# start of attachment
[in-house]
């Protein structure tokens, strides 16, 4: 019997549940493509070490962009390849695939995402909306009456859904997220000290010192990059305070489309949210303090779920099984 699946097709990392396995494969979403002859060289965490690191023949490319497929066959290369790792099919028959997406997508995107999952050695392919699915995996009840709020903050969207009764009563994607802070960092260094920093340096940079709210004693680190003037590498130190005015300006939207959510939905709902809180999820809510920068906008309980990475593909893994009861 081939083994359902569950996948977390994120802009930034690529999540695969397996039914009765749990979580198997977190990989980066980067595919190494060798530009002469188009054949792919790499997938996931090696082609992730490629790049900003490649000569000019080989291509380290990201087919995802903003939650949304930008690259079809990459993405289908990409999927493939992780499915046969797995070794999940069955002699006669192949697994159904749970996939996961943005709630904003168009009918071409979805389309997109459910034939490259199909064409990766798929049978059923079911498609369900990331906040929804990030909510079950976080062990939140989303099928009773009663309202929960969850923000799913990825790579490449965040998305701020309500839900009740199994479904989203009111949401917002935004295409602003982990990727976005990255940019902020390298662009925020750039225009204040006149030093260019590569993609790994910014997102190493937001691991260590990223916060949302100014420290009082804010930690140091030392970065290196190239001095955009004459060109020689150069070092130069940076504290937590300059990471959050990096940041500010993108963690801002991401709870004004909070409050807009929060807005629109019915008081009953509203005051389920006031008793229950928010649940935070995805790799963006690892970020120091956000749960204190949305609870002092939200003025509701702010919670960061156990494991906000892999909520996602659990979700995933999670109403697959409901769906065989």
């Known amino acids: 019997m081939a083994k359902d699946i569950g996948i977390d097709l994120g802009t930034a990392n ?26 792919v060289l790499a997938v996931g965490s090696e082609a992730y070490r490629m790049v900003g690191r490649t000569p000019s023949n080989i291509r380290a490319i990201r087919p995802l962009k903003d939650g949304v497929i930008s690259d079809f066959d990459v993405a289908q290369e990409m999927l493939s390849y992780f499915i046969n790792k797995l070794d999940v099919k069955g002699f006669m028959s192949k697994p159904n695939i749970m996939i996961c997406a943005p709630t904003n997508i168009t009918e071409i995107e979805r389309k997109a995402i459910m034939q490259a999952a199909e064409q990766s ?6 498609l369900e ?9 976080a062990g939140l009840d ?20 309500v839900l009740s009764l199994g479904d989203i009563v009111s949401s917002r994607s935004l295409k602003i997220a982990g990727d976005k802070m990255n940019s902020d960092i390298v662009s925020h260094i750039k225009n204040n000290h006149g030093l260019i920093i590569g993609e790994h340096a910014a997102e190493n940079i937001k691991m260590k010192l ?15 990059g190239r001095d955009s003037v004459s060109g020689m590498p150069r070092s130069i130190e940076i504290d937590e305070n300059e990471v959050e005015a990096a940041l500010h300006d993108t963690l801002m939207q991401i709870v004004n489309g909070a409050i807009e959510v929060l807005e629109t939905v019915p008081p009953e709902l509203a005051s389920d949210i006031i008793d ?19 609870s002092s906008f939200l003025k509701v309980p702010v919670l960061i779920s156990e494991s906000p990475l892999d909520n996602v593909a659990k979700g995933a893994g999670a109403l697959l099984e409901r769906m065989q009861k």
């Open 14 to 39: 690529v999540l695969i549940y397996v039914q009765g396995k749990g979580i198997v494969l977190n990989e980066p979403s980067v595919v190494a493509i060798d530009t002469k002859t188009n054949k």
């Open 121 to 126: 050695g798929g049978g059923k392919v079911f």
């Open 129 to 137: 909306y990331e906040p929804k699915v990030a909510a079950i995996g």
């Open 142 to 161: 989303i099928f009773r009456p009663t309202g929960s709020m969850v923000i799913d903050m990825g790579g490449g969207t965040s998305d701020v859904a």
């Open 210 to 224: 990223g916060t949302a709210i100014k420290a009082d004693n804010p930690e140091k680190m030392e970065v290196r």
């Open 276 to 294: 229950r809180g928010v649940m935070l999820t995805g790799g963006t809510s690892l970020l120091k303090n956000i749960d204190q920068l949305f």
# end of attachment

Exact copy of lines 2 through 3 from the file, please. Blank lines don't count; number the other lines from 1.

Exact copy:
């Protein structure tokens, strides 16, 4: 019997549940493509070490962009390849695939995402909306009456859904997220000290010192990059305070489309949210303090779920099984 699946097709990392396995494969979403002859060289965490690191023949490319497929066959290369790792099919028959997406997508995107999952050695392919699915995996009840709020903050969207009764009563994607802070960092260094920093340096940079709210004693680190003037590498130190005015300006939207959510939905709902809180999820809510920068906008309980990475593909893994009861 081939083994359902569950996948977390994120802009930034690529999540695969397996039914009765749990979580198997977190990989980066980067595919190494060798530009002469188009054949792919790499997938996931090696082609992730490629790049900003490649000569000019080989291509380290990201087919995802903003939650949304930008690259079809990459993405289908990409999927493939992780499915046969797995070794999940069955002699006669192949697994159904749970996939996961943005709630904003168009009918071409979805389309997109459910034939490259199909064409990766798929049978059923079911498609369900990331906040929804990030909510079950976080062990939140989303099928009773009663309202929960969850923000799913990825790579490449965040998305701020309500839900009740199994479904989203009111949401917002935004295409602003982990990727976005990255940019902020390298662009925020750039225009204040006149030093260019590569993609790994910014997102190493937001691991260590990223916060949302100014420290009082804010930690140091030392970065290196190239001095955009004459060109020689150069070092130069940076504290937590300059990471959050990096940041500010993108963690801002991401709870004004909070409050807009929060807005629109019915008081009953509203005051389920006031008793229950928010649940935070995805790799963006690892970020120091956000749960204190949305609870002092939200003025509701702010919670960061156990494991906000892999909520996602659990979700995933999670109403697959409901769906065989």
């Known amino acids: 019997m081939a083994k359902d699946i569950g996948i977390d097709l994120g802009t930034a990392n ?26 792919v060289l790499a997938v996931g965490s090696e082609a992730y070490r490629m790049v900003g690191r490649t000569p000019s023949n080989i291509r380290a490319i990201r087919p995802l962009k903003d939650g949304v497929i930008s690259d079809f066959d990459v993405a289908q290369e990409m999927l493939s390849y992780f499915i046969n790792k797995l070794d999940v099919k069955g002699f006669m028959s192949k697994p159904n695939i749970m996939i996961c997406a943005p709630t904003n997508i168009t009918e071409i995107e979805r389309k997109a995402i459910m034939q490259a999952a199909e064409q990766s ?6 498609l369900e ?9 976080a062990g939140l009840d ?20 309500v839900l009740s009764l199994g479904d989203i009563v009111s949401s917002r994607s935004l295409k602003i997220a982990g990727d976005k802070m990255n940019s902020d960092i390298v662009s925020h260094i750039k225009n204040n000290h006149g030093l260019i920093i590569g993609e790994h340096a910014a997102e190493n940079i937001k691991m260590k010192l ?15 990059g190239r001095d955009s003037v004459s060109g020689m590498p150069r070092s130069i130190e940076i504290d937590e305070n300059e990471v959050e005015a990096a940041l500010h300006d993108t963690l801002m939207q991401i709870v004004n489309g909070a409050i807009e959510v929060l807005e629109t939905v019915p008081p009953e709902l509203a005051s389920d949210i006031i008793d ?19 609870s002092s906008f939200l003025k509701v309980p702010v919670l960061i779920s156990e494991s906000p990475l892999d909520n996602v593909a659990k979700g995933a893994g999670a109403l697959l099984e409901r769906m065989q009861k």